Aiming to achieve net-zero operational greenhouse gas emissions at the community level is a valuable endeavor because of synergies and efficiency gains through mixed energy uses, the economy of scale, and a broader range of technological options. Nevertheless, there are several challenges in the planning and design process of the energy infrastructure towards this goal for whole communities. The preponderance of the zero emission concepts at community scale, including unclear definitions of key terms, the availability of supporting tools, and the energy planning approaches could affect the design and decision-making process of stakeholders. In this paper, the state of the art and the state of practice of energy master planning of net-zero emission communities are critically reviewed in order to identify the key research challenges and opportunities to enhance decision-making and hasten their wider adoption. Energy master planning approaches, tools, technologies and decision-making indicators used towards net-zero emission targets are evaluated in selected case studies worldwide. The analysis and research findings show an inconsistency in the scope, definition and approaches in energy master planning of net-zero emission communities. In addition, energy resilience and social metrics and criteria are rarely included in the energy master planning of net-zero emission communities. A conceptual energy master planning framework is proposed that can support performance-based decision-making in the design and planning of net-zero emission communities. A more integrated energy master planning approach and tools, as well as more comprehensive and multi-dimensional assessment metrics, are required for improved and effective decision-making.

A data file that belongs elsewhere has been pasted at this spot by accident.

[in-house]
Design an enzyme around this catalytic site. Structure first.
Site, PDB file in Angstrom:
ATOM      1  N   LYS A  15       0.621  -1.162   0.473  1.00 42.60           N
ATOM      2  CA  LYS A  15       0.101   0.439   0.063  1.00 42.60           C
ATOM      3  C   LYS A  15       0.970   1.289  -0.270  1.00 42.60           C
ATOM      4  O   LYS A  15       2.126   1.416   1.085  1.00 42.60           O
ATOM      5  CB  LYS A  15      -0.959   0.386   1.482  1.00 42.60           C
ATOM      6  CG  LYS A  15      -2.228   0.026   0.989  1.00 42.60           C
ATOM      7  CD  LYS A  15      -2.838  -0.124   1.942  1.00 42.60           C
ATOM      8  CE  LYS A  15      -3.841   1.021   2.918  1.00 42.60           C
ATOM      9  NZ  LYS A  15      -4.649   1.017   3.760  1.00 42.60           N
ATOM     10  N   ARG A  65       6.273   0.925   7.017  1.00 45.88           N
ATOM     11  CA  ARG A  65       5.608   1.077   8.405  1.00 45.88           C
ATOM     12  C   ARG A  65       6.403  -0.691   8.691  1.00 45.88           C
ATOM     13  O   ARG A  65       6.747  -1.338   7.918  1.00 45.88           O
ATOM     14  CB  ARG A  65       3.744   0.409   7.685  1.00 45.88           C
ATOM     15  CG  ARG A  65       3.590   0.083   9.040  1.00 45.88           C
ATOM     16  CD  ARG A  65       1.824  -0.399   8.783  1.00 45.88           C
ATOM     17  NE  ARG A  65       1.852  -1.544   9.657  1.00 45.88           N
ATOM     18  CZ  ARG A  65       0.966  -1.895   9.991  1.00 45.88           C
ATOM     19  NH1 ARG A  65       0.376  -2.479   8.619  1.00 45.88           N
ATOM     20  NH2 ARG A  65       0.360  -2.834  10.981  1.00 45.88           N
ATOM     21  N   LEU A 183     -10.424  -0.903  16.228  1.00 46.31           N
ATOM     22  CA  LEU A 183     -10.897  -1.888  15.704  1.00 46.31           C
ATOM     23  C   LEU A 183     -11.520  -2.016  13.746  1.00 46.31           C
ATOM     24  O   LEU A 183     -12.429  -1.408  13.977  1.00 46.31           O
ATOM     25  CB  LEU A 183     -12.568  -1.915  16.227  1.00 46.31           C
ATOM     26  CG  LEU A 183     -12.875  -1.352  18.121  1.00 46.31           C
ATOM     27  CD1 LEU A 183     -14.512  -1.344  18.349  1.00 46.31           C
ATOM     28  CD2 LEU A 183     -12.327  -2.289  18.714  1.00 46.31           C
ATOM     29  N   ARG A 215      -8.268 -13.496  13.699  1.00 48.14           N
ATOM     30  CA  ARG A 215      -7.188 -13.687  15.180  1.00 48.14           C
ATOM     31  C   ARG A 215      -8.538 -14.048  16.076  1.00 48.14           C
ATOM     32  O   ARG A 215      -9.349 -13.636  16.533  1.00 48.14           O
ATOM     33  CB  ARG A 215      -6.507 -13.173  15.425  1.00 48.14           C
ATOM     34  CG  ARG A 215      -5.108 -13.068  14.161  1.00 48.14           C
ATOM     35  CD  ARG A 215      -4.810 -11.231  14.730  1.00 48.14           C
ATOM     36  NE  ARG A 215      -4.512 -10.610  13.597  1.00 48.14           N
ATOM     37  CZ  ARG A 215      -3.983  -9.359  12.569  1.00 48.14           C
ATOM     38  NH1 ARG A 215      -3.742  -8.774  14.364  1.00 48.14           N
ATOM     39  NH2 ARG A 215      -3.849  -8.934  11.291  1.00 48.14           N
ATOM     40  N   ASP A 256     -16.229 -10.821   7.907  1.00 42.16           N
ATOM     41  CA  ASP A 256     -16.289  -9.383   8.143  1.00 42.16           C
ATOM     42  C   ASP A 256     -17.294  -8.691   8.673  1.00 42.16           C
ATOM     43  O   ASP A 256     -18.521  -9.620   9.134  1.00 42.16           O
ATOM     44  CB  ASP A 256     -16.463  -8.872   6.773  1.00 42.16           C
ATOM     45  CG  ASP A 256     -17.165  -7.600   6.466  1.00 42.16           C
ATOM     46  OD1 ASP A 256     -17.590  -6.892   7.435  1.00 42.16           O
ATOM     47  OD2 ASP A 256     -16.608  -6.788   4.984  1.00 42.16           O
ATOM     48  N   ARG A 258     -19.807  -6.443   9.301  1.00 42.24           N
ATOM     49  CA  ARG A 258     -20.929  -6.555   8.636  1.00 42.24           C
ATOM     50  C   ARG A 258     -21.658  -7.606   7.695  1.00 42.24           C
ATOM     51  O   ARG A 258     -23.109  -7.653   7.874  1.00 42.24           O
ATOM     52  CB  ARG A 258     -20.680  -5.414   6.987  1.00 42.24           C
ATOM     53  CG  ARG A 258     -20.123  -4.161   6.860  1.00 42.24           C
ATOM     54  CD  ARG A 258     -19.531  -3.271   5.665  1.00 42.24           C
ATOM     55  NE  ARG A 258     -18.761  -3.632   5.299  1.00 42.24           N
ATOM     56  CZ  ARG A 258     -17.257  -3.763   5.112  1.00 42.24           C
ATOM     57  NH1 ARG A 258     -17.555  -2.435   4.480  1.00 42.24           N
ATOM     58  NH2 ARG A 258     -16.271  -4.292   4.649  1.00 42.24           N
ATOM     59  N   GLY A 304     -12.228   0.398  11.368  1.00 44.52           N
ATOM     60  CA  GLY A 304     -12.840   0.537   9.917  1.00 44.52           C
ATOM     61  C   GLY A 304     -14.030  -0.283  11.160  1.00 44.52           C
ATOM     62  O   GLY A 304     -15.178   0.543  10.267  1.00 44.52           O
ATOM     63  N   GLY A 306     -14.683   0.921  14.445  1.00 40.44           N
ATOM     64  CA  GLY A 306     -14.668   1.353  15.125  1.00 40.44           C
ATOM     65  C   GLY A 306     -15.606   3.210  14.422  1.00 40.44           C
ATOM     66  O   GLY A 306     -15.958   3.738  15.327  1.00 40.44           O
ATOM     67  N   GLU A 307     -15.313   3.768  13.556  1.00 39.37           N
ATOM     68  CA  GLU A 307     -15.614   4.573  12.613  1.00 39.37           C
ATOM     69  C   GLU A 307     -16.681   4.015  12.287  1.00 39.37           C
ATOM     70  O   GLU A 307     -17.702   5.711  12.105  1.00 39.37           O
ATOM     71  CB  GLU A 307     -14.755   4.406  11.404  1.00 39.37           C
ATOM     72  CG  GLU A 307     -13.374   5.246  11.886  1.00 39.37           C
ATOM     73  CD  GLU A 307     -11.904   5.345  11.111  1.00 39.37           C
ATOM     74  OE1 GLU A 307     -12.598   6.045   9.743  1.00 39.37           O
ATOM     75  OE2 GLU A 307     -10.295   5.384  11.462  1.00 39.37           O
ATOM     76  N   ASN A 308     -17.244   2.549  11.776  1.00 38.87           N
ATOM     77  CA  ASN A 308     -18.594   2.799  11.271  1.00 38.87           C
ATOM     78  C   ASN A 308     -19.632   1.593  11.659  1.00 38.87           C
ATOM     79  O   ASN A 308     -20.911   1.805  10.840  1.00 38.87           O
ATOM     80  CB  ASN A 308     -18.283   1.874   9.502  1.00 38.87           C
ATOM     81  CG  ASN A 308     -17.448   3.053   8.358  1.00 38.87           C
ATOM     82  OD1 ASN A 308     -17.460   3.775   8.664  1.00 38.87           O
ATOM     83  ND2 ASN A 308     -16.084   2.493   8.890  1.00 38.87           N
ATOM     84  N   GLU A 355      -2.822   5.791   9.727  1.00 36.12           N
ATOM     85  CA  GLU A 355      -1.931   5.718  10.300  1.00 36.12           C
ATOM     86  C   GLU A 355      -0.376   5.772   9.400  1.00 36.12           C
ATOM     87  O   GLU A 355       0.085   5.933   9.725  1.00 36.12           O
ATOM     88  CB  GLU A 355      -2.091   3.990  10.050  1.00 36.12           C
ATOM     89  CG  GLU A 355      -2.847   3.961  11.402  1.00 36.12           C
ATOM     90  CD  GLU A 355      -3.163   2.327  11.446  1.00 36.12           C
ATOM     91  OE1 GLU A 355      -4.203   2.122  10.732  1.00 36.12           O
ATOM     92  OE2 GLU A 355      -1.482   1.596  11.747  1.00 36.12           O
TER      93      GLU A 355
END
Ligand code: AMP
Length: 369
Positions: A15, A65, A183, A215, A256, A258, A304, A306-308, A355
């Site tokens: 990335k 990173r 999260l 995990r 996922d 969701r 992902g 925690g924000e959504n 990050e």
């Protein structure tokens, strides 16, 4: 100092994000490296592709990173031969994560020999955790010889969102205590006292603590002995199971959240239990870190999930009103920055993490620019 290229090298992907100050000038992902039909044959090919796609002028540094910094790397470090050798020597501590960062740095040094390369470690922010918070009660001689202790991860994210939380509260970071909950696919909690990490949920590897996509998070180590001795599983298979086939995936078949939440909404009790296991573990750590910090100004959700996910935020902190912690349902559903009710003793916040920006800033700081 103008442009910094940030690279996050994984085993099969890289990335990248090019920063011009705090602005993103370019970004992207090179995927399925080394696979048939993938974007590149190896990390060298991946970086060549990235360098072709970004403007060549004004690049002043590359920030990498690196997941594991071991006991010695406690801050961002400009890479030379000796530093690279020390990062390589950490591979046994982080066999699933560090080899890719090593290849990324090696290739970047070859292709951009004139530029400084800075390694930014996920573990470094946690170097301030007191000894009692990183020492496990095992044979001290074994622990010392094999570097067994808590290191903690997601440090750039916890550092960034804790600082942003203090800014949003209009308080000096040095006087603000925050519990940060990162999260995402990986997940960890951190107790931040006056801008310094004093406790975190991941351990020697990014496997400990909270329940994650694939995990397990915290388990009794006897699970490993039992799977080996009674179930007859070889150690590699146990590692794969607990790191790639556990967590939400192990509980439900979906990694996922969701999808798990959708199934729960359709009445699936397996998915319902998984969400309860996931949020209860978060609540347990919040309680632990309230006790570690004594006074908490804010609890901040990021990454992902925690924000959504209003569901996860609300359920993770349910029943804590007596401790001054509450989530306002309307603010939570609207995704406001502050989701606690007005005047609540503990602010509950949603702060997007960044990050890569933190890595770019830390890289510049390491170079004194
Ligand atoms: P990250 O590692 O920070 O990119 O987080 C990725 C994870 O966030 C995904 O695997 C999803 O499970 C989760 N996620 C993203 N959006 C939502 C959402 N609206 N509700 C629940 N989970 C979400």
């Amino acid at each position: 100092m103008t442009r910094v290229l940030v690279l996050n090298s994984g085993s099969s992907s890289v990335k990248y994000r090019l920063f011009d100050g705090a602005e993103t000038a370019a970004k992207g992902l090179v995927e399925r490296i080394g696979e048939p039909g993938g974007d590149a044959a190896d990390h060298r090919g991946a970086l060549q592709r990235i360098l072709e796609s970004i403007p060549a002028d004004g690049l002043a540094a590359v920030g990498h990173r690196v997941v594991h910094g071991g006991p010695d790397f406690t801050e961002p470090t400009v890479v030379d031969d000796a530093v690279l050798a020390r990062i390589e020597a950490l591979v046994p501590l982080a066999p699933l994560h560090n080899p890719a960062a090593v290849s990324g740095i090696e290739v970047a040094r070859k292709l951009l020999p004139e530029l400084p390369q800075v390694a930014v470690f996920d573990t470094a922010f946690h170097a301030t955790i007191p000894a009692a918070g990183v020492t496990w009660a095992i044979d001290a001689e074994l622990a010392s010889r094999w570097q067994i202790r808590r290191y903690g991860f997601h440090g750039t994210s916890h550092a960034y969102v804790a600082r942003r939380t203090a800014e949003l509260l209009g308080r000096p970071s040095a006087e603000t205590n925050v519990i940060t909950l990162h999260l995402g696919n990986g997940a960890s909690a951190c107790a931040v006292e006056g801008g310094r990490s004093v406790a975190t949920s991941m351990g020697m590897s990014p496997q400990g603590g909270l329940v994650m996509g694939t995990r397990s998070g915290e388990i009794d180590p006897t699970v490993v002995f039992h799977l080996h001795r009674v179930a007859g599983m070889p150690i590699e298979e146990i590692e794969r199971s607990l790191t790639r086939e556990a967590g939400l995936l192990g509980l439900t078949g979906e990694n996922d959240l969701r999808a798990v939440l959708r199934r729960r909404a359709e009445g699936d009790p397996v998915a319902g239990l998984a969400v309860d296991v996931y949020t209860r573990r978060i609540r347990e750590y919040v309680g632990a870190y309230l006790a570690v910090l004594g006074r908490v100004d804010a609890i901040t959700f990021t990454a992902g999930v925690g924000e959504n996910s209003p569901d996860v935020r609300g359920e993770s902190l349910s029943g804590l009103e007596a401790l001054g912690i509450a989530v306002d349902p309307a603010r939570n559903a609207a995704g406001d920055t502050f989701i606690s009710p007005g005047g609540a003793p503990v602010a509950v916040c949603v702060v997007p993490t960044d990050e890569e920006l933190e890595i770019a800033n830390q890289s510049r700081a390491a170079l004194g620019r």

Renewable and Sustainable Energy Reviews Vol 137
Saeid Charani Shandiz, Behzad Rismanchi, Greg Foliente,
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